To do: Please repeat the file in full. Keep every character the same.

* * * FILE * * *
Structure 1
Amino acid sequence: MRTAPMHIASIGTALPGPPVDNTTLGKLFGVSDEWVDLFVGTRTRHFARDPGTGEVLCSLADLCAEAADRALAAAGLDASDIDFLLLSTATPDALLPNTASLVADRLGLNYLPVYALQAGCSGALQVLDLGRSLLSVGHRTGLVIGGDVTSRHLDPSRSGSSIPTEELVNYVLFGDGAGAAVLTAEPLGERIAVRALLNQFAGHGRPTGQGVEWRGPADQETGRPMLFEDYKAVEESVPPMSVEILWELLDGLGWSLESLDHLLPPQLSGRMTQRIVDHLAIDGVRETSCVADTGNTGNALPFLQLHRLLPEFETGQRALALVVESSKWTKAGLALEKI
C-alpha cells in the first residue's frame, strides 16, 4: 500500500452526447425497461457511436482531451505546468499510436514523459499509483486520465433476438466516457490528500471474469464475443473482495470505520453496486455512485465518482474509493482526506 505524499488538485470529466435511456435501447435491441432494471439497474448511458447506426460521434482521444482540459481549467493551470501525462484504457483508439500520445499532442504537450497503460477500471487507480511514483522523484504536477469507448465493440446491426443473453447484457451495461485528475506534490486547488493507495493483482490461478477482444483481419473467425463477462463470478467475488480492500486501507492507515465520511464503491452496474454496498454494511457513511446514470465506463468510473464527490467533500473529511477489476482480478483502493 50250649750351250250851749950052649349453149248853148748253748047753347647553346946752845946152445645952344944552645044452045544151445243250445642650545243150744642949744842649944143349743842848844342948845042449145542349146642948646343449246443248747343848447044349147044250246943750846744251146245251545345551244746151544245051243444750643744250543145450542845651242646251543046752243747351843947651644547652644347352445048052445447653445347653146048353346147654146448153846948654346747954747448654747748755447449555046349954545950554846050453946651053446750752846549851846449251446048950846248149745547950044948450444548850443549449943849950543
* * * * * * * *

Structure 1
Amino acid sequence: MRTAPMHIASIGTALPGPPVDNTTLGKLFGVSDEWVDLFVGTRTRHFARDPGTGEVLCSLADLCAEAADRALAAAGLDASDIDFLLLSTATPDALLPNTASLVADRLGLNYLPVYALQAGCSGALQVLDLGRSLLSVGHRTGLVIGGDVTSRHLDPSRSGSSIPTEELVNYVLFGDGAGAAVLTAEPLGERIAVRALLNQFAGHGRPTGQGVEWRGPADQETGRPMLFEDYKAVEESVPPMSVEILWELLDGLGWSLESLDHLLPPQLSGRMTQRIVDHLAIDGVRETSCVADTGNTGNALPFLQLHRLLPEFETGQRALALVVESSKWTKAGLALEKI
C-alpha cells in the first residue's frame, strides 16, 4: 500500500452526447425497461457511436482531451505546468499510436514523459499509483486520465433476438466516457490528500471474469464475443473482495470505520453496486455512485465518482474509493482526506 505524499488538485470529466435511456435501447435491441432494471439497474448511458447506426460521434482521444482540459481549467493551470501525462484504457483508439500520445499532442504537450497503460477500471487507480511514483522523484504536477469507448465493440446491426443473453447484457451495461485528475506534490486547488493507495493483482490461478477482444483481419473467425463477462463470478467475488480492500486501507492507515465520511464503491452496474454496498454494511457513511446514470465506463468510473464527490467533500473529511477489476482480478483502493 50250649750351250250851749950052649349453149248853148748253748047753347647553346946752845946152445645952344944552645044452045544151445243250445642650545243150744642949744842649944143349743842848844342948845042449145542349146642948646343449246443248747343848447044349147044250246943750846744251146245251545345551244746151544245051243444750643744250543145450542845651242646251543046752243747351843947651644547652644347352445048052445447653445347653146048353346147654146448153846948654346747954747448654747748755447449555046349954545950554846050453946651053446750752846549851846449251446048950846248149745547950044948450444548850443549449943849950543